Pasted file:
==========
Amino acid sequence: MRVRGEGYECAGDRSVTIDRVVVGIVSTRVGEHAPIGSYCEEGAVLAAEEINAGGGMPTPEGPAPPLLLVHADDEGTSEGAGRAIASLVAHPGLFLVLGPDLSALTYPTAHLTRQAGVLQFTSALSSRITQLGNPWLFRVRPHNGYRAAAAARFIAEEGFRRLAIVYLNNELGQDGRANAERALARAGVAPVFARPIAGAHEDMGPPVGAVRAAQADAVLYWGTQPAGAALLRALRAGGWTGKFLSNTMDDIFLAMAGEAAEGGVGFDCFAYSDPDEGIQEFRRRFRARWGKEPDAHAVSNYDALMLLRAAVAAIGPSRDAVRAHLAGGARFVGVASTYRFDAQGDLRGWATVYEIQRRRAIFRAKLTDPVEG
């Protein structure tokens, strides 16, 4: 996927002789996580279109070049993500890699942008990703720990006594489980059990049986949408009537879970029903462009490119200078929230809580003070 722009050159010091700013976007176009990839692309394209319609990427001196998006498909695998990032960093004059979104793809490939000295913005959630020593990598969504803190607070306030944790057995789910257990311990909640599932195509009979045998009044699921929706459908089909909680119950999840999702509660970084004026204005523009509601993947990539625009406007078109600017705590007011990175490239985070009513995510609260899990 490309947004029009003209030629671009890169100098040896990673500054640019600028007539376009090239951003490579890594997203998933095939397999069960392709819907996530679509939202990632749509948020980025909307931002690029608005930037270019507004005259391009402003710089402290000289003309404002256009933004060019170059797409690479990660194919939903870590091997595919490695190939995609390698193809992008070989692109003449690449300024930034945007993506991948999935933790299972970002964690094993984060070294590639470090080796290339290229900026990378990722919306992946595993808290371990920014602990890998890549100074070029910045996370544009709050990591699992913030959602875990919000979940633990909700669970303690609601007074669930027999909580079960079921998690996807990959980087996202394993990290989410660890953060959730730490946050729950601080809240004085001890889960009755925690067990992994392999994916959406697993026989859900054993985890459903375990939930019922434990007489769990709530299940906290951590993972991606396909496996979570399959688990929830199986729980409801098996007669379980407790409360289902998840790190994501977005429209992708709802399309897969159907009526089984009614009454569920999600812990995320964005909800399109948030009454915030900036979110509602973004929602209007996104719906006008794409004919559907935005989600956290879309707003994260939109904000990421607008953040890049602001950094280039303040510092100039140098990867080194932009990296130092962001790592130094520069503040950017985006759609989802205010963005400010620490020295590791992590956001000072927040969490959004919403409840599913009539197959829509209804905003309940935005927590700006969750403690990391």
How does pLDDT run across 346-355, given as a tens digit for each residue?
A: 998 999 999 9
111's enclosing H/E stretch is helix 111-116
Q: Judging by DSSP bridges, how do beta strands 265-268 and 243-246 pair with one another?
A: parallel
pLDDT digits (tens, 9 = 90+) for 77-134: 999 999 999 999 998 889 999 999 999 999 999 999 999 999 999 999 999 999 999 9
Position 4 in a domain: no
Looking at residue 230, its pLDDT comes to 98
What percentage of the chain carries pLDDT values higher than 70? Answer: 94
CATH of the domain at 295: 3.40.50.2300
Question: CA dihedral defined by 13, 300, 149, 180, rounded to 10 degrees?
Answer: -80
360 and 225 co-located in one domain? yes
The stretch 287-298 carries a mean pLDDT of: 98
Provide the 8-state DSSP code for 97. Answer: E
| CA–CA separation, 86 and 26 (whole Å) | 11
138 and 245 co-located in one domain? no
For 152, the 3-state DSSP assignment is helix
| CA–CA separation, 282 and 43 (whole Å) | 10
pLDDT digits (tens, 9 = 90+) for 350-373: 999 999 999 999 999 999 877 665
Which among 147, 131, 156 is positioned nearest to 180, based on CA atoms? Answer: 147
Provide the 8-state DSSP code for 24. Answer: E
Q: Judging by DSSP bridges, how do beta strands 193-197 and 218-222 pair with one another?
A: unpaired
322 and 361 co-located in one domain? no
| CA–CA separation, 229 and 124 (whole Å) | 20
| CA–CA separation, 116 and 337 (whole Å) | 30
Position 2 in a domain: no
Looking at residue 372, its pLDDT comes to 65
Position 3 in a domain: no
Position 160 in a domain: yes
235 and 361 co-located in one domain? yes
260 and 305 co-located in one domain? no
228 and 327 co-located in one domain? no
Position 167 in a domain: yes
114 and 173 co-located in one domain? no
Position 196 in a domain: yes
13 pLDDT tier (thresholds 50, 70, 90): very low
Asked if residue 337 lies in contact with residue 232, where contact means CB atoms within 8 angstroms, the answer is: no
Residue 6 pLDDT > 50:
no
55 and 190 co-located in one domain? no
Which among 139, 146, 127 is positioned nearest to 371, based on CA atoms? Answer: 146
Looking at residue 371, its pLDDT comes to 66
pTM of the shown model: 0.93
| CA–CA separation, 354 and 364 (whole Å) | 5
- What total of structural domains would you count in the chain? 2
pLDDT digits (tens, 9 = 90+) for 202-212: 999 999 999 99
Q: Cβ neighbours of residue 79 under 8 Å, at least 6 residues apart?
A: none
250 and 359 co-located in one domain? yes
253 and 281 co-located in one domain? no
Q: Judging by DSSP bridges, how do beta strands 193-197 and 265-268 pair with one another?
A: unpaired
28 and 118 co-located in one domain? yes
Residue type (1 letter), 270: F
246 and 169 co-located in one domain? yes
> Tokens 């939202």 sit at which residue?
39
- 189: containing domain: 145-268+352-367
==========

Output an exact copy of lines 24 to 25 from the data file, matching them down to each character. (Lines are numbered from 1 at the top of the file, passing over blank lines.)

Provide the 8-state DSSP code for 24. Answer: E
Q: Judging by DSSP bridges, how do beta strands 193-197 and 218-222 pair with one another?